Additionally, make time and space during the presentation for questions. This usually happens at the end of each presentation, but you can also slot in opportunities for questions after introducing particularly challenging or controversial topics. It's okay if you don't have all the answers during your presentation; admit to it and make promises to follow up.

Tip #2: Engage through storytelling

Storytelling is a powerful teaching tool that connects the audience to ideas emotionally and brings data to life. If you are presenting technical information to a lay audience, storytelling is especially important. Stories help people relate, which builds a stronger relationship with your mission and brand too!

Bonus tip: Shoutout the organizer

One connection you and the audience have in common is the presentation organizer. Take a minute to thank them for inviting you and for the work they have put in. It is a classy move that links you to the audience even further.


Tip #1: Manage new data

Stewardship is perhaps the most important stage of the presentation cycle. Doing the presentation is only the beginning; continuously developing the relationship with the stakeholders is what will drive your organization forward!

During the presentation, you may collect new data about the audience through the questions they asked and their answers to the live polling. It is important to document this information (e.g. in a CRM), especially if multiple colleagues will be interacting with this stakeholder group. Consistent messaging and a solid stewardship strategy from your organization is key to building a stronger relationship.

Other new data you will collect is information on your own performance. It is important to self-reflect after every presentation (even briefly) to identify opportunities for improvement. During your reflection, you may recognize that you need support from your manager or more information from a colleague. You may also identify opportunities to improve processes embedded in your team's work. Even if you are busy, take five minutes to replay the experience in your head: where did you excel? what could you have said differently? There's no need to be hard on yourself- just take the lessons learned and move forward.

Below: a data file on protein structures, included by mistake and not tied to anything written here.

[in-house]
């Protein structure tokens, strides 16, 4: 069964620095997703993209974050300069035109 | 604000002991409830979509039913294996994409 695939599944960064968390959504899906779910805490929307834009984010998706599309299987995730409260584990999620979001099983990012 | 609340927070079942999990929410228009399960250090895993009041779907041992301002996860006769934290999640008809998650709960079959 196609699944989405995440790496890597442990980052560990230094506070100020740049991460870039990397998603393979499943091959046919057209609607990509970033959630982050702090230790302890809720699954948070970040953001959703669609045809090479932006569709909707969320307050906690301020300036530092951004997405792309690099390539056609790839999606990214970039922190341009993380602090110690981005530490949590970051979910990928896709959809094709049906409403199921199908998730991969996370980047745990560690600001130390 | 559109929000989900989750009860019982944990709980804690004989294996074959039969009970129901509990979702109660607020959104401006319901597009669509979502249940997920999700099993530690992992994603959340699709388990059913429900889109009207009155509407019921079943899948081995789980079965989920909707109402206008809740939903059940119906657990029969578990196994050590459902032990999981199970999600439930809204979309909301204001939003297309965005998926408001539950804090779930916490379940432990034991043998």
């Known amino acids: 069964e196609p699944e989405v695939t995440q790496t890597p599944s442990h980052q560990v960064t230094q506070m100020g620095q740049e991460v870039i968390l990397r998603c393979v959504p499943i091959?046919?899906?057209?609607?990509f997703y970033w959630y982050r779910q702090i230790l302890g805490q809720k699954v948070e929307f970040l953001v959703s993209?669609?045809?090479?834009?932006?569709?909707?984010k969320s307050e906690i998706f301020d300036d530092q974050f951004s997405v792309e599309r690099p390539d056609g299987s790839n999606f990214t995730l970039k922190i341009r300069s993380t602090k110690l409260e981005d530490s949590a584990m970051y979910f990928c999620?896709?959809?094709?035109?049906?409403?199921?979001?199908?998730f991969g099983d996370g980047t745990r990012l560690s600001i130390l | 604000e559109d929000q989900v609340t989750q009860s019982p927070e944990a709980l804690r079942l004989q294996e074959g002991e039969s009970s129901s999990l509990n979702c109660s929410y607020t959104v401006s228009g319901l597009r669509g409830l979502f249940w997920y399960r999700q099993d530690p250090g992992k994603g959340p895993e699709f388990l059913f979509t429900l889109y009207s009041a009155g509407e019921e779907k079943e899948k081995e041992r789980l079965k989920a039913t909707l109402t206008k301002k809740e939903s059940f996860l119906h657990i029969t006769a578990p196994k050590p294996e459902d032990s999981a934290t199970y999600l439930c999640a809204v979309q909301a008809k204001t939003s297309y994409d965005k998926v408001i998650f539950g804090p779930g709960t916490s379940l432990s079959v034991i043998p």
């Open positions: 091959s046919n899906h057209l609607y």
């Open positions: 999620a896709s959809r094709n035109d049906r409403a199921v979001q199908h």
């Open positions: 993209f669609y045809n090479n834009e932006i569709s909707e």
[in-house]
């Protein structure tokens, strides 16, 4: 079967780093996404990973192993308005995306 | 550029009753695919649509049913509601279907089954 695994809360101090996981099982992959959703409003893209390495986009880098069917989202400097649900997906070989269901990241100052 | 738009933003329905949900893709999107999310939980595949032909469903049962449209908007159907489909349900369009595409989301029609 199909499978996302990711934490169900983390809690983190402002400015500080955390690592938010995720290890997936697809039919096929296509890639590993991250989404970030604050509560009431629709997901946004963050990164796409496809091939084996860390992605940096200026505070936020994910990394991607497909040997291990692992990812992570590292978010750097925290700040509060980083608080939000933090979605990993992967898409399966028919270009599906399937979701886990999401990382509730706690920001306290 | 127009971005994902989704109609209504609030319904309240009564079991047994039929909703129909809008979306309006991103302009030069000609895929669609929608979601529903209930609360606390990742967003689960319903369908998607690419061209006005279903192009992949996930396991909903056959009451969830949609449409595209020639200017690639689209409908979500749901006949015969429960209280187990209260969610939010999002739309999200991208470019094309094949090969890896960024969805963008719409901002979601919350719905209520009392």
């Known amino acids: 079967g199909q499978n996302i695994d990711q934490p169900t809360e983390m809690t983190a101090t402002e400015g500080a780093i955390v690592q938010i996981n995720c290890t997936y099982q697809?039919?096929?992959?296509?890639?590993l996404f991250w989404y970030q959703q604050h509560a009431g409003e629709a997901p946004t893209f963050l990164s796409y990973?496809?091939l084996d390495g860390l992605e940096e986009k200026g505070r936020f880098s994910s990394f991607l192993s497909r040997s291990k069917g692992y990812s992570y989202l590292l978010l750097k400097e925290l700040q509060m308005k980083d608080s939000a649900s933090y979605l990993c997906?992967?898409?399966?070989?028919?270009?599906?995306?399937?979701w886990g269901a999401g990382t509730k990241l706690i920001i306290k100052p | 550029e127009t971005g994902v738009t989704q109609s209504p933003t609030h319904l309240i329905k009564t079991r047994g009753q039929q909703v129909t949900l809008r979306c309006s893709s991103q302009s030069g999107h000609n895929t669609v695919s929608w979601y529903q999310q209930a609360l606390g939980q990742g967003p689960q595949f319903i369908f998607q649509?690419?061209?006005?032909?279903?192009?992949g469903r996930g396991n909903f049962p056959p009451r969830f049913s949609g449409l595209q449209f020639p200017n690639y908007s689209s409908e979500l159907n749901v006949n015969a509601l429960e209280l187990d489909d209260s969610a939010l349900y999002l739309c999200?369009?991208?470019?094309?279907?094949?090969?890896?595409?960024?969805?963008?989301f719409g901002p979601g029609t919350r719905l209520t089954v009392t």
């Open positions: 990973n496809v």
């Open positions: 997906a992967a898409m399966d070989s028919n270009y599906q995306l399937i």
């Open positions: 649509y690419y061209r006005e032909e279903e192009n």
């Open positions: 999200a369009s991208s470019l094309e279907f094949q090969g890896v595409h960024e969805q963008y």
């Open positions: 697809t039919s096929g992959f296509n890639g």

Tip #2: Deliver on promises

This one is simple, if you said you would get back to someone on a question- make sure you do it (ideally within two business days)! If you need to redirect to a colleague, send an introductory email with the question, don't just forward a message without a context. The formal introduction will again strengthen the stakeholder's trust with your organization, enhancing their experience even further.

Tip #3: Anticipate future needs

Take the lessons you learn and apply it to strategizing for presentations and communications to similar audiences. Use the information you have gathered to continue the dialogue. For example, if you presented to a group of committed volunteers on the organization's social media campaign, and the audience expressed interest in Instagram support, you may want to send a targeted email to this group with five top Instagram tips from your Communications Manager.

A wise woman once told me "relationships are like flossing, you need to keep doing it to see results". Don't see a presentation, or a donation, or a new member, or a six-month volunteer commitment, as the end game. To maintain relationships, you need to keep reaching out, asking questions, and sharing dialogue.

In summary, here are my five tips to take away for increasing connection and trust to build relationships through presentations:

1) Show genuine gratitude in every interaction

2) Use data to demonstrate care with customization

3) Connect through inquiry and storytelling

4) Demonstrate integrity by keeping promises

5) The goal is ongoing dialogue and stewardship

What are your top tips for presentations and building relationships? I'd love to hear from you!